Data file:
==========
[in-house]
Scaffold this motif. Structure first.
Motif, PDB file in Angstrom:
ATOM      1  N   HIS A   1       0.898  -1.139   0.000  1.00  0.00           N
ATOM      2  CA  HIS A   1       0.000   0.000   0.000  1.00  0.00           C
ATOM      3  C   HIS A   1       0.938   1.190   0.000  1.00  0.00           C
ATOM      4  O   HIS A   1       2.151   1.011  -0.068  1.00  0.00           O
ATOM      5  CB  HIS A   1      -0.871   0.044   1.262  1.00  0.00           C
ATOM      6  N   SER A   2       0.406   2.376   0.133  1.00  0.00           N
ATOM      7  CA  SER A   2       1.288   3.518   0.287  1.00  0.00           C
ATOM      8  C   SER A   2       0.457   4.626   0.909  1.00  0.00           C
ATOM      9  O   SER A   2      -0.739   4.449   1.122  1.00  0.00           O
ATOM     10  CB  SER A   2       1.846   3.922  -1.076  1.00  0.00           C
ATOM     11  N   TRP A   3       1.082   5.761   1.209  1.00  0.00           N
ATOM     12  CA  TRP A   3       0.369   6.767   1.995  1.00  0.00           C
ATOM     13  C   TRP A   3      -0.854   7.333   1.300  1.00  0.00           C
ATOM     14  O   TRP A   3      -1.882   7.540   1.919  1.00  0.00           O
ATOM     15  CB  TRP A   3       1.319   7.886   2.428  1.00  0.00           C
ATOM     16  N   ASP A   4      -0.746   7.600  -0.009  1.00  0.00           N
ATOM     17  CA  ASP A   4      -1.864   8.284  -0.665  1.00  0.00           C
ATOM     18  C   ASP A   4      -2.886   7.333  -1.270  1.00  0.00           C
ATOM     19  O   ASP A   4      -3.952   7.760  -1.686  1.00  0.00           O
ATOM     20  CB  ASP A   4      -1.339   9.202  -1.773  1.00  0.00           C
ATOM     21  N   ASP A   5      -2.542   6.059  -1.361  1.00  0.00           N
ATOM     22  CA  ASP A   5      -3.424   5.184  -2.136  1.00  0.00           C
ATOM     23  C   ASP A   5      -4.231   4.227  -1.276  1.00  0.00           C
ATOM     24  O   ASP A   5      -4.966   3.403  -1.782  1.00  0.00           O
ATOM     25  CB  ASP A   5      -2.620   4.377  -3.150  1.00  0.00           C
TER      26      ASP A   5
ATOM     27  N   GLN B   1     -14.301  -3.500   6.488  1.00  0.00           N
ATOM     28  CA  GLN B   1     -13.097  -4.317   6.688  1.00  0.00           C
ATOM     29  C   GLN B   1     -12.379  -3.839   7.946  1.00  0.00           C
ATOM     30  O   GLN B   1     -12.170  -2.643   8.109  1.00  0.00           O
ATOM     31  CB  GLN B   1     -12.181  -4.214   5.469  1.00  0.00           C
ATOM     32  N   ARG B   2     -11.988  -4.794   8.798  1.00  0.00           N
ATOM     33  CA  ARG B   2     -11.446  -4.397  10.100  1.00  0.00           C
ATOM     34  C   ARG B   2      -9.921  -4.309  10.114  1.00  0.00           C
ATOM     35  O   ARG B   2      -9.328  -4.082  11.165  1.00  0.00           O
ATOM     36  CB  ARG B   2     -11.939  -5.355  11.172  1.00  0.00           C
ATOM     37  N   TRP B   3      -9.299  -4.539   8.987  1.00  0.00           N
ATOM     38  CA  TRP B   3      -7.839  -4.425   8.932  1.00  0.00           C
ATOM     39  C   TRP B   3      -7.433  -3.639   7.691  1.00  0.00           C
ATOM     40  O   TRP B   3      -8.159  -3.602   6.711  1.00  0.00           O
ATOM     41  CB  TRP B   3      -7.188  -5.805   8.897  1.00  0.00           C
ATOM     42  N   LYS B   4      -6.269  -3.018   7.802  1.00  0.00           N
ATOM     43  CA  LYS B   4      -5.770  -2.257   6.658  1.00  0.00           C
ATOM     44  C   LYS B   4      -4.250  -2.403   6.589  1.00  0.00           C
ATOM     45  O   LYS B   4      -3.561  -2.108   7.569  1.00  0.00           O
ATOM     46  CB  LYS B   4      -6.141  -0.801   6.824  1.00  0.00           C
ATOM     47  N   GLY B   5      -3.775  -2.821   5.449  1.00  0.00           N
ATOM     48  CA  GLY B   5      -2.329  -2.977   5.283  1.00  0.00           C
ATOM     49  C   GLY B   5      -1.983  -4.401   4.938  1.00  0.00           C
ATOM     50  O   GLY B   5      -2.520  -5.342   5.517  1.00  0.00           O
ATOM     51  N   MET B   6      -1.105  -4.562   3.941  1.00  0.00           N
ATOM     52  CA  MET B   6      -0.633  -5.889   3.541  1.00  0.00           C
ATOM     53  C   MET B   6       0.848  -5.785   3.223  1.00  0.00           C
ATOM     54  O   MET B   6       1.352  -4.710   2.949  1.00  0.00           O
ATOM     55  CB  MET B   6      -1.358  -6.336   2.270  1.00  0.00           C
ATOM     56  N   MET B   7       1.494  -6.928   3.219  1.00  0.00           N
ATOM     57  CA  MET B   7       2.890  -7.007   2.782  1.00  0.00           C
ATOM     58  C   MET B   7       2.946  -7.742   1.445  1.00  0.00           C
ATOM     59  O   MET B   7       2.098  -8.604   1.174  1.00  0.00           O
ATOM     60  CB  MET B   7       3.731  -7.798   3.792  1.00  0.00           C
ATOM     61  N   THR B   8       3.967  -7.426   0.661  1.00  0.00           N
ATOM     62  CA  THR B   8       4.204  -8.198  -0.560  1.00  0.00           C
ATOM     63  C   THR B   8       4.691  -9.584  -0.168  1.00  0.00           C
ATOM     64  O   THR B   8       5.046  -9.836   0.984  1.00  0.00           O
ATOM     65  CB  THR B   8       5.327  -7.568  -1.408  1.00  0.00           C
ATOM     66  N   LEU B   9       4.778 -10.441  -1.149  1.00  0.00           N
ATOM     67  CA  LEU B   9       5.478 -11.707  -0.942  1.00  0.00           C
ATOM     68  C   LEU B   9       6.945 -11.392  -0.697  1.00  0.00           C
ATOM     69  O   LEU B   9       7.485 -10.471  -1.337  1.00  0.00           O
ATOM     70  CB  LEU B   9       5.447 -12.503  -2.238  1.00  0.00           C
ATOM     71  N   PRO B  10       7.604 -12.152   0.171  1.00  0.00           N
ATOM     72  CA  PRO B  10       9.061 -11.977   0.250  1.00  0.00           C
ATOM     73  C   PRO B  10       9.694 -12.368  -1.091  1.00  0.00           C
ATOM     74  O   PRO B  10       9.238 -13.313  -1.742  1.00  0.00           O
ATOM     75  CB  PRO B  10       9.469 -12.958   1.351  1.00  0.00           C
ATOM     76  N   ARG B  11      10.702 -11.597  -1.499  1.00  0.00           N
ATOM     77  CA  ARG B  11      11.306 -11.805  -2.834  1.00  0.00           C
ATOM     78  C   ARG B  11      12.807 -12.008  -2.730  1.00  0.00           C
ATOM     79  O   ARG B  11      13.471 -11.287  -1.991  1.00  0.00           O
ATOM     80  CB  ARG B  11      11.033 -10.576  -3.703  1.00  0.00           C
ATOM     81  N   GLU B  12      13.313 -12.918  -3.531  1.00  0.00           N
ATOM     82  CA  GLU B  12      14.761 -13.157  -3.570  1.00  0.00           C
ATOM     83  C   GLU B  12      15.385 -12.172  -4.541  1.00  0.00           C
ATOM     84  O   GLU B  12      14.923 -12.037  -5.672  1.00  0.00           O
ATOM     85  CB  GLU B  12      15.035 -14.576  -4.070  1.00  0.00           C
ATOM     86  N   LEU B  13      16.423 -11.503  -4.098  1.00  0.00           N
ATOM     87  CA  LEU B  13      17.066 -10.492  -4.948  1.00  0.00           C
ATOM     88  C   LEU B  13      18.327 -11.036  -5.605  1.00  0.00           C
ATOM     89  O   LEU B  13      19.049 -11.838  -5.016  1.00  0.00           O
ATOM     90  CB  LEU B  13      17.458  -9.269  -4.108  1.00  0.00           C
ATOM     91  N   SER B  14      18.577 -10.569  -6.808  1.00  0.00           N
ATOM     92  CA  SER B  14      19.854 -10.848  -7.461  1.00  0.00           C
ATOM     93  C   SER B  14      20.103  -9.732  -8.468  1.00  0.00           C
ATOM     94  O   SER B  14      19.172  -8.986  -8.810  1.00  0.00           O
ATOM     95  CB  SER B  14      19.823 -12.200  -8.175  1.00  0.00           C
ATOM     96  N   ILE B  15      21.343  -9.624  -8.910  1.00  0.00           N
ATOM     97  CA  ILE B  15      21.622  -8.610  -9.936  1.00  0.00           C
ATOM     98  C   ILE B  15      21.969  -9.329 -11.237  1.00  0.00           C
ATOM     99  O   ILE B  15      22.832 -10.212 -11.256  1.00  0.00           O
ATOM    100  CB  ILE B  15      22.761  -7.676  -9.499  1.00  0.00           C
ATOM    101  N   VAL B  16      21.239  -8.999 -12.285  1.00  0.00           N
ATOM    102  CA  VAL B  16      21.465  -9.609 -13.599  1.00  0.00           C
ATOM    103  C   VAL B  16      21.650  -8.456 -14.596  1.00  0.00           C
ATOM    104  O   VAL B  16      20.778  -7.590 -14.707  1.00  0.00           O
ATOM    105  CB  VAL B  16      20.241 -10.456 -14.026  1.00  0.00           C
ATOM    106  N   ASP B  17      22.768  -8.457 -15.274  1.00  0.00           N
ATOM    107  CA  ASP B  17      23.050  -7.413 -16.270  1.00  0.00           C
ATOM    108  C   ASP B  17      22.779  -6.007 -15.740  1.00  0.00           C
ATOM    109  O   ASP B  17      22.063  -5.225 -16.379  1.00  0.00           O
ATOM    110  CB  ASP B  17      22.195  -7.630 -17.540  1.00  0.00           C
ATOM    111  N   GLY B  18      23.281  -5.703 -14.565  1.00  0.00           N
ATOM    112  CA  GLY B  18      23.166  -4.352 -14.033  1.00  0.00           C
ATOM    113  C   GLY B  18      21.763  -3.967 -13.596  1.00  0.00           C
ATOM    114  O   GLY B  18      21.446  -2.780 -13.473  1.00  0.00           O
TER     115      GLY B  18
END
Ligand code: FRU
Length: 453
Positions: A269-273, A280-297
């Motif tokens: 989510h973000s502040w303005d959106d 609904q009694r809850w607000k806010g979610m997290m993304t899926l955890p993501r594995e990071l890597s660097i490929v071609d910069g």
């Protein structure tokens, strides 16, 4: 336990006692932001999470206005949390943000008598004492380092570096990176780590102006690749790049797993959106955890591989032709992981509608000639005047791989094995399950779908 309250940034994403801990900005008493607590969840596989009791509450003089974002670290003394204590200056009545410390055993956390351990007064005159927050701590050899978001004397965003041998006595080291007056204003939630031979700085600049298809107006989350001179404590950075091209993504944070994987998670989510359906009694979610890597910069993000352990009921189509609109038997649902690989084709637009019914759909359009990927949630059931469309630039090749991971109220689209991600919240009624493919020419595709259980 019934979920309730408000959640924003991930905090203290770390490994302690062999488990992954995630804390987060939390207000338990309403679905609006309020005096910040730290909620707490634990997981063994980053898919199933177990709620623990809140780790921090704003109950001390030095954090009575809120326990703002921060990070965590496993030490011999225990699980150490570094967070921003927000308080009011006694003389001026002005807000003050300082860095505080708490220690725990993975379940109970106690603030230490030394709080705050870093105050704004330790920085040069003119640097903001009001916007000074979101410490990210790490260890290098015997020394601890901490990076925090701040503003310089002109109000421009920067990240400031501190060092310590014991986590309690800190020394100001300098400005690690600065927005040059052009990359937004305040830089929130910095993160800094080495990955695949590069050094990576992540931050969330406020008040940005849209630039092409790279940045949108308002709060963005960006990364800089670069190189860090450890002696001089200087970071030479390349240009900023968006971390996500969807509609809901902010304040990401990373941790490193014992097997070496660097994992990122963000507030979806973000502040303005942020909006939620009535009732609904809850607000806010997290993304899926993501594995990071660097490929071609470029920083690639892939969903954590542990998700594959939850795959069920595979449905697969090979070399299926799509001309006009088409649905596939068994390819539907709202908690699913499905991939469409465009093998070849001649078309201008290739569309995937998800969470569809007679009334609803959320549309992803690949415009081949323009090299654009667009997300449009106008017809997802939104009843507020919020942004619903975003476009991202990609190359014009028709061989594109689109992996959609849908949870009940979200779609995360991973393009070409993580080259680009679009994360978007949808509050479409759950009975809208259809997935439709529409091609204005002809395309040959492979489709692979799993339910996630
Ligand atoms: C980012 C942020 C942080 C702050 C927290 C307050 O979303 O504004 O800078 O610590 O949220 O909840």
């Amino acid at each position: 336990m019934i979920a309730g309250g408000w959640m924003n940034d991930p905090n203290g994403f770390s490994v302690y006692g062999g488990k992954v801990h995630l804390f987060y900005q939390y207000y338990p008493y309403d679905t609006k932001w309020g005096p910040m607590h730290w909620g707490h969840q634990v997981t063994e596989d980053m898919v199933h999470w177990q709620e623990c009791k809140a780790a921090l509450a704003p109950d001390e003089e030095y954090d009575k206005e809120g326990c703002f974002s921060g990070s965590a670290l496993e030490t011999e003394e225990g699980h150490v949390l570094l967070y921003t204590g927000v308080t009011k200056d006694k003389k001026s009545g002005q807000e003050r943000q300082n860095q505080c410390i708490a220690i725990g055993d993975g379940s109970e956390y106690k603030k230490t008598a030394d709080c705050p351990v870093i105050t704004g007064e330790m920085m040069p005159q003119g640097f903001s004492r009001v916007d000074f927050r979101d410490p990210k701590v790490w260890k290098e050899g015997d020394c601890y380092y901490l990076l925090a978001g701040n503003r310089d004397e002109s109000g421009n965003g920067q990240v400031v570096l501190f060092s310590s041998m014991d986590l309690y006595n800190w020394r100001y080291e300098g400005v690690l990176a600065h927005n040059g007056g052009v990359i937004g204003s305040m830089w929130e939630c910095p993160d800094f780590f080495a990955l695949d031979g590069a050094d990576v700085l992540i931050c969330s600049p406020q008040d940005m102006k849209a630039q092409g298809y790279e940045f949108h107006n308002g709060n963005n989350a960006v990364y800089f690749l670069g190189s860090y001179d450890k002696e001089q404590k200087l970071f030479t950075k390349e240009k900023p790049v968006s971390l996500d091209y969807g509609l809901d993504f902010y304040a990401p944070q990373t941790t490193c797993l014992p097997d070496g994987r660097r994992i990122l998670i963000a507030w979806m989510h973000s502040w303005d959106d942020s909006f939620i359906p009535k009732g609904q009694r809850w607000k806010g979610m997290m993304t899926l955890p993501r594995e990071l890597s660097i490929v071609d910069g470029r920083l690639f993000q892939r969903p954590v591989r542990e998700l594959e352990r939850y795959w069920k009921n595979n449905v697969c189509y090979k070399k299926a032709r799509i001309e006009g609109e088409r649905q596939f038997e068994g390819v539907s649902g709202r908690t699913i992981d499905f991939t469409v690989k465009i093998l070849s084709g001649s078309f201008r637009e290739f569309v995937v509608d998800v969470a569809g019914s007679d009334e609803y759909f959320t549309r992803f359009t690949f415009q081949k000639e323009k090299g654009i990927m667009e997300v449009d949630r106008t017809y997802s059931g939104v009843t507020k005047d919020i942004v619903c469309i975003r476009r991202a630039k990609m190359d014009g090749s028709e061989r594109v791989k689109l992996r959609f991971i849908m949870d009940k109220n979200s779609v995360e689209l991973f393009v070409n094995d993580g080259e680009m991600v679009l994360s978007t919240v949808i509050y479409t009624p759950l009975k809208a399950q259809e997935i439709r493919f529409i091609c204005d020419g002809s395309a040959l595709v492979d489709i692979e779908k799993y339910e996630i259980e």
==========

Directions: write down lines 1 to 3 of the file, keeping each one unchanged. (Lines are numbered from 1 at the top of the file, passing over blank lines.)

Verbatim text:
[in-house]
Scaffold this motif. Structure first.
Motif, PDB file in Angstrom: